I find my children to be the most interesting of creatures. Does every parent feel this way? Have I succumbed to the temptation of making my kids the universe? They’re wild and sweet. Infuriating (see my last post) and demanding. Chaotic, but somehow stabilizing.
This morning John offhandedly said in his offhanded manner—you must listen sharp to discern between the dryness and wisdom in his wit—“Kids are the most important people.” He and J were having a conversation about important people, the gist of which I’m entirely ignorant (I was in the midst of oven chemicals and scrubbing). But I’m pretty sure he meant it, and I’m pretty sure he’s right.
Take for instance: just now, as Jonah is preparing an episode of “Mrs. Bean” to watch for lunch (actually Mr. Bean, but when I corrected G, J piped up, “He can call it whatever he wants!”), he was humming a church-like tune in his sweet monotonish voice. Surely not, I thought. But yep, he knows the churchy opening sequence of Mr. Bean so well that he can hum it. Who knows what the lyrics are. I can’t make them out and neither can he, but he makes them up as he goes, and it’s darn impressive.
And he’s very serious about eyeglasses at the moment. Yesterday we found a pair of (cheap) reading glasses at the drugstore and traipsed on over to Pearle Vision (I love those guys) to have them torque the lenses out and adjust the eyepads (for free—and they never seem put upon, even for the smallest or silliest of adjustments). He hasn’t taken the things off. Even wanted to wear them to OT today, but I talked him into letting me take care of them for the hour duration. His favorite activity there is called The Washing Machine and consists of getting inside a big bag full of plastic balls while the therapist wildly rocks him from side to side. He says the glasses help him read better, even though it troubles him some that he can touch his eyeballs through the frames.
And how is it that my baby’s forehead fits perfectly into the hollow my eye socket makes? And that cuddling with him in this way is surprisingly comforting, bone on bone? Or that when my back is turned to him, he will snuggle up into the space between my shoulder blades and that his big baby skull fits perfectly there too?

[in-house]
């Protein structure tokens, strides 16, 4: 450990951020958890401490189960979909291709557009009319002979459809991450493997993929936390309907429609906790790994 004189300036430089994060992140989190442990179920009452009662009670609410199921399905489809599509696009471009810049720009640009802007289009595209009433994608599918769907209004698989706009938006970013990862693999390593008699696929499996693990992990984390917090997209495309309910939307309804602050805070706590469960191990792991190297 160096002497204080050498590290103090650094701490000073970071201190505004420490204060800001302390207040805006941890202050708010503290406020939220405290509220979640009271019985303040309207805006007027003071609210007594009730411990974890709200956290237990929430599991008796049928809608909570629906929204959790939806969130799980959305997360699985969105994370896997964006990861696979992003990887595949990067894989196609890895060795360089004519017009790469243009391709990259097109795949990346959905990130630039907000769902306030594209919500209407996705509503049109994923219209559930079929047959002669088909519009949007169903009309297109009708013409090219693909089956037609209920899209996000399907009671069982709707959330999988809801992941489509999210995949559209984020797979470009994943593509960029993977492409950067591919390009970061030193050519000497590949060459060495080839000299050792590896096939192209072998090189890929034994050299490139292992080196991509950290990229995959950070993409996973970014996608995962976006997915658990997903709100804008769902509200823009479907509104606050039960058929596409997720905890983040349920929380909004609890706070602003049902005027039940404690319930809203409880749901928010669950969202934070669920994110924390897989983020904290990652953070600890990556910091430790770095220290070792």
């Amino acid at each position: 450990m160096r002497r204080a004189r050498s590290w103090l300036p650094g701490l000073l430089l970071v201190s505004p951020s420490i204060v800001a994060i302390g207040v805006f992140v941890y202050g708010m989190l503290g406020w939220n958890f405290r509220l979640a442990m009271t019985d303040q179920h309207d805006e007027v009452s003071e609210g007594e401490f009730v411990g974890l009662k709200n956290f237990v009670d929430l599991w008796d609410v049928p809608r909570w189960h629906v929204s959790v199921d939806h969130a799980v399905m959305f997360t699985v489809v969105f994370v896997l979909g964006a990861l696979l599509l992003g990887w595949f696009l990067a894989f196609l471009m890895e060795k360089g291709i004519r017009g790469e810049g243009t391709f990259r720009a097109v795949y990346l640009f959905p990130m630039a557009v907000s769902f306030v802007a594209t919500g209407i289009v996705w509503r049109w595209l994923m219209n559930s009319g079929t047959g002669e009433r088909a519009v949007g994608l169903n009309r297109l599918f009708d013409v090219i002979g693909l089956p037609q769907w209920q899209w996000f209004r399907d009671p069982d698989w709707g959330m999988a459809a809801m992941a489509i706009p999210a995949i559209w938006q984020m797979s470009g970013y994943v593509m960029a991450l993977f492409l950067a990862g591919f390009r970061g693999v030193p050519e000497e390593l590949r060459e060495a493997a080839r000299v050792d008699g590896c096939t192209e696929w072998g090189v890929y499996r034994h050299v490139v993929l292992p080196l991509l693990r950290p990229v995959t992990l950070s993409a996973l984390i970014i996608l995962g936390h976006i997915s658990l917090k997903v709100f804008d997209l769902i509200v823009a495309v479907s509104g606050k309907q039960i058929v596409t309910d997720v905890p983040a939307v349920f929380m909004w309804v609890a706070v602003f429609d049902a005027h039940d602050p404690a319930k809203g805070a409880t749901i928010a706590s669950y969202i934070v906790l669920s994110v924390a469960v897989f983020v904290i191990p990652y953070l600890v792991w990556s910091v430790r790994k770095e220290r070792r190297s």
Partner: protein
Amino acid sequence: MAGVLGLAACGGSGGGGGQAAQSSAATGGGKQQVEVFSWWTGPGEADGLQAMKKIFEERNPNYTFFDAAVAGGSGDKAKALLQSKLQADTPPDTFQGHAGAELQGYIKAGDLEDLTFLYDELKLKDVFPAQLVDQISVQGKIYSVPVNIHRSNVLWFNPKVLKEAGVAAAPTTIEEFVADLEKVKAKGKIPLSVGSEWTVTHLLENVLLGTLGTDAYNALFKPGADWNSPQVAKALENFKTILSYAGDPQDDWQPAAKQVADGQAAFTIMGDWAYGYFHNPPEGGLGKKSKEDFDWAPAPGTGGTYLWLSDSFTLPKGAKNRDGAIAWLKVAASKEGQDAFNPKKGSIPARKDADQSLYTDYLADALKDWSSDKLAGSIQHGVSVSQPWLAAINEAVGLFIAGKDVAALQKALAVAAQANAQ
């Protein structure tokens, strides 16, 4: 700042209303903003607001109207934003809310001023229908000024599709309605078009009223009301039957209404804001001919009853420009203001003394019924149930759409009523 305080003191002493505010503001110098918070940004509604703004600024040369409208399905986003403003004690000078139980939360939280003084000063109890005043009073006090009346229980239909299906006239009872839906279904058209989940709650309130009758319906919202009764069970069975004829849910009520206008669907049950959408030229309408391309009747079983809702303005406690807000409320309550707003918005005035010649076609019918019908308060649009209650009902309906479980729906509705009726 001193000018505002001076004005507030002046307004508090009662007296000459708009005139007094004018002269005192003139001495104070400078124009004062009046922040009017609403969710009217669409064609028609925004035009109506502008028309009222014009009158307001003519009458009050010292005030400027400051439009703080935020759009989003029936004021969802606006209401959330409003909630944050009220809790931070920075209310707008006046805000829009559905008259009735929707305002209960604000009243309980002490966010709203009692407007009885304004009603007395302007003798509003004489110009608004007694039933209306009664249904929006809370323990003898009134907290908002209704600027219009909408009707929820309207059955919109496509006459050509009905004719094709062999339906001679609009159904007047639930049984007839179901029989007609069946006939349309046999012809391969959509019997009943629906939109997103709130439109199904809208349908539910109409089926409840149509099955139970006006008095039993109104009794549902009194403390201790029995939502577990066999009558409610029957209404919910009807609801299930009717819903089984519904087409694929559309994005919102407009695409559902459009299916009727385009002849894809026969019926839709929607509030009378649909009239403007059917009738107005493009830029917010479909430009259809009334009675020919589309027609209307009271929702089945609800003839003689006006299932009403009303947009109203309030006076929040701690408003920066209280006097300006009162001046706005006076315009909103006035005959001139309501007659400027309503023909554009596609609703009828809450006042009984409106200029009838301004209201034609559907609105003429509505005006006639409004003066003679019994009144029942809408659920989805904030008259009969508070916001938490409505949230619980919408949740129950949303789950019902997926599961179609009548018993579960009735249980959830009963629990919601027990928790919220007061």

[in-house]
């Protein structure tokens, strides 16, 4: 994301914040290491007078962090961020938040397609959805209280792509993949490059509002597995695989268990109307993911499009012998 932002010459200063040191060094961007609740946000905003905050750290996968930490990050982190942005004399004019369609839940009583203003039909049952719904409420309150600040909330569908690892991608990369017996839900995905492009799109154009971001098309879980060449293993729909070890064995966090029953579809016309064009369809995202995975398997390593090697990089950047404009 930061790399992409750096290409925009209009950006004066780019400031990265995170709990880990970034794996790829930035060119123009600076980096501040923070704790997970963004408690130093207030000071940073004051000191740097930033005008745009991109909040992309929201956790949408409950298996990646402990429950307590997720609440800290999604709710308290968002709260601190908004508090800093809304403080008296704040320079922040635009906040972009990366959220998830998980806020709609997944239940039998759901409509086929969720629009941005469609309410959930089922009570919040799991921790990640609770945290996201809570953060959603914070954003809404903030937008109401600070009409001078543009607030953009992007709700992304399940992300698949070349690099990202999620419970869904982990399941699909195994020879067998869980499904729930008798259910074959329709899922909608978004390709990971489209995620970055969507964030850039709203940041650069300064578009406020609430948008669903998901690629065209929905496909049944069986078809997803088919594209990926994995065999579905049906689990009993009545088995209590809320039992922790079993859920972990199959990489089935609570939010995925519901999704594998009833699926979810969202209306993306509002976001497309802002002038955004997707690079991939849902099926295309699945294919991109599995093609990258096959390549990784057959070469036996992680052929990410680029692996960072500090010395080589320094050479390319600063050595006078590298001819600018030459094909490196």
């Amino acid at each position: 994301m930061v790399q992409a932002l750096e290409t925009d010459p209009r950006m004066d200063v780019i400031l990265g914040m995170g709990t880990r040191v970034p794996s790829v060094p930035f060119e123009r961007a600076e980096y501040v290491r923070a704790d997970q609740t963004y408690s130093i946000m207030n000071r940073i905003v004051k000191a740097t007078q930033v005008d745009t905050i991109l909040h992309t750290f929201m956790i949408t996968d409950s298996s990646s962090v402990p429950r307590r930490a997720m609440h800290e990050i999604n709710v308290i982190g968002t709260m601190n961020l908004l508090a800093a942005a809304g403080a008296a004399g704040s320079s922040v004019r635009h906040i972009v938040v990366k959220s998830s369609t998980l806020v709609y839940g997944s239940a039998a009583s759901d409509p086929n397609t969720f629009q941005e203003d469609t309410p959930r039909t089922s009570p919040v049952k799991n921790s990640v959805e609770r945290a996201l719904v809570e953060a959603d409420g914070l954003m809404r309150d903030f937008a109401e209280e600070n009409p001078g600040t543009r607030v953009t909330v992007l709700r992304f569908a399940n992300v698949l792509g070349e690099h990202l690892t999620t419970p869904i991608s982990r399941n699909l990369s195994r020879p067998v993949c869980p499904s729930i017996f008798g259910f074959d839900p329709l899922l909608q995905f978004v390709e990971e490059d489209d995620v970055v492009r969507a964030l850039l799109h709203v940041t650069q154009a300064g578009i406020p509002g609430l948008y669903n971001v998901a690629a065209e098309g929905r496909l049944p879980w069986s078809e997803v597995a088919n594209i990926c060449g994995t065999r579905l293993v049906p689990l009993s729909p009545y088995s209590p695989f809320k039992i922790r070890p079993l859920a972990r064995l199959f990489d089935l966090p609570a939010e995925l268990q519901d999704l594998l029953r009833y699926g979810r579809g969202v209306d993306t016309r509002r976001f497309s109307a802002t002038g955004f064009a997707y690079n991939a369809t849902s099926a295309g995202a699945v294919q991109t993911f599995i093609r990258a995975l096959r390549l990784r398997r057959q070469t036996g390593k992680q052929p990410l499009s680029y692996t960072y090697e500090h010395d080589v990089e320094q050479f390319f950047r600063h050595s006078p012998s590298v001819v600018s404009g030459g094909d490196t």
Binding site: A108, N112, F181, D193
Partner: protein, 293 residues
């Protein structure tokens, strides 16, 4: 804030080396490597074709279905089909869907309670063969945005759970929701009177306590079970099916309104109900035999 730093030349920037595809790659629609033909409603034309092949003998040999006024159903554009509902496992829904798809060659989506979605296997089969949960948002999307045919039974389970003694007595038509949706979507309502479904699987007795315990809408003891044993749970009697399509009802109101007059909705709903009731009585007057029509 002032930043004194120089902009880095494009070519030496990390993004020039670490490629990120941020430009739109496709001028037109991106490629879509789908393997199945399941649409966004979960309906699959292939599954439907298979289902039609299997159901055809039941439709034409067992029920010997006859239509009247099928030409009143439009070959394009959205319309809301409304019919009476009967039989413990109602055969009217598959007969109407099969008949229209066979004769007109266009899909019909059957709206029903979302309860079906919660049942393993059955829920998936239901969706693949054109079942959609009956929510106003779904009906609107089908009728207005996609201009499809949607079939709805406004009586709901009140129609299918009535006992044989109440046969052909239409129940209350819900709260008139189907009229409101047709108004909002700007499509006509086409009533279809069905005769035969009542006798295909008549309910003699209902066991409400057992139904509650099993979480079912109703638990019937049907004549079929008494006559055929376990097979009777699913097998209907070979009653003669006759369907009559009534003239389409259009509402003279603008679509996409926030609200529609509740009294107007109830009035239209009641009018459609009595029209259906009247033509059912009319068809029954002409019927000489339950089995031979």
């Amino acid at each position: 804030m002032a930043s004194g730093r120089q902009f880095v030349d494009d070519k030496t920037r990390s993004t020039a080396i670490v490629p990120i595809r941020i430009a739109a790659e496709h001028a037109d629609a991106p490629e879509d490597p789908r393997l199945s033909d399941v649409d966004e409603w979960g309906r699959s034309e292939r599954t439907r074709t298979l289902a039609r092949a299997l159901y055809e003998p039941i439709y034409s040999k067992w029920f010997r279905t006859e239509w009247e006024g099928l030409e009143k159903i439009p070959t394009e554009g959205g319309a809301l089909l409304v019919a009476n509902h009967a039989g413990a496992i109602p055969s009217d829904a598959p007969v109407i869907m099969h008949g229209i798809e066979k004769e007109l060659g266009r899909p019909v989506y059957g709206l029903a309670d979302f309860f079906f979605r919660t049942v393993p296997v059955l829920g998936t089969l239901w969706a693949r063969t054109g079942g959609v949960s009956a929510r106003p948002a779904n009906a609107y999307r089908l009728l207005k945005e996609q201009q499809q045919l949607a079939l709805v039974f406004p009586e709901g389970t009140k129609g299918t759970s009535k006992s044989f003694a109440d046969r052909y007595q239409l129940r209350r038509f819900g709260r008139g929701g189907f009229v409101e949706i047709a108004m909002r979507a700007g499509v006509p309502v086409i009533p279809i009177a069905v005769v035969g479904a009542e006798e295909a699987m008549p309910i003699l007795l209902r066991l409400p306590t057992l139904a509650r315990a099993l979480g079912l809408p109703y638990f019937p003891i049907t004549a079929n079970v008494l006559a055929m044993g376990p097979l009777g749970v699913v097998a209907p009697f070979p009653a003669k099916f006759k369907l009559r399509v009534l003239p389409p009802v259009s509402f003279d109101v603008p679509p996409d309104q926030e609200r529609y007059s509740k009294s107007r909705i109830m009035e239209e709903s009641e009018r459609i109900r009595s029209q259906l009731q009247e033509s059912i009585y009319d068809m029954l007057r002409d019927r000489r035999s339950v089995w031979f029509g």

And what happens to Jonah, particularly, when he’s in front of a mirror?
I read a post today on Autism and Empathy titled Social Skills. In it, the author (who blogs at Abnormaldiversity) differentiates between two sets of social skills. The first she distinguishes as “the ability to ‘put yourself in another person’s shoes’ and imagine how you’d feel in their situation, and use that to decide how to treat them.” She comments that “this works well if the person you’re interacting with is similar to you, not so well if they’re quite different from you.” Neurotypical individuals rely heavily on this set, because, well, most people are similar enough to them that it works. Not so for most autistics. She continues:
The second set of skills is the ability to set aside your own perspective and pay attention to the other person, to figure out what they’re thinking and feeling by observation. This is more laborious and inconvenient, but it works with anyone, no matter how much they differ from you. Most NTs [neurotypicals] seldom get a chance to learn these skills, unless they travel to another culture, form a close bond with an animal (merely having a pet doesn’t necessarily count), or befriend someone with a developmental disability.
It occurred to me, watching Jonah watch himself be sad in front of the mirror on his bedroom closet door, that he was observing himself in the same way that he so attentively observes others (especially when it comes to emotions). This is how he figures things out. This may be why he doesn’t respond immediately when he sees his brother tumble painfully down the stairs (or off a rock, or from his trike, or down the driveway running full speed). It’s not that he doesn’t care. I think caring is exactly what he’s doing. He’s watching (he’s usually the one who informs us of accidents if we’re out of the room, out of the yard, etc.). He’s caring; it just takes longer to manifest itself in a way we recognize.
The other day he saw his sad face in the mirror and tried different ways to make himself sadder. His frown deepened. His eyes even leaked a few salty tears. “Look mom,” he said with a kind of wonder, “I’m crying real tears!” When he knows what a feeling looks like, he is quick to point it out, but some assessments just take more time to calibrate.
As Ettina, the blogger quoted above, puts it, this kind of intense observation “is important in understanding diversity, in seeing the rich variety of experience for what it is.” And if that’s just a part of why I find my children so terribly interesting (I won’t deny that the fact they come, in part, from me, has something to do with my fascination), then maybe I’m going a way toward inhabiting the particular universe I’ve been given.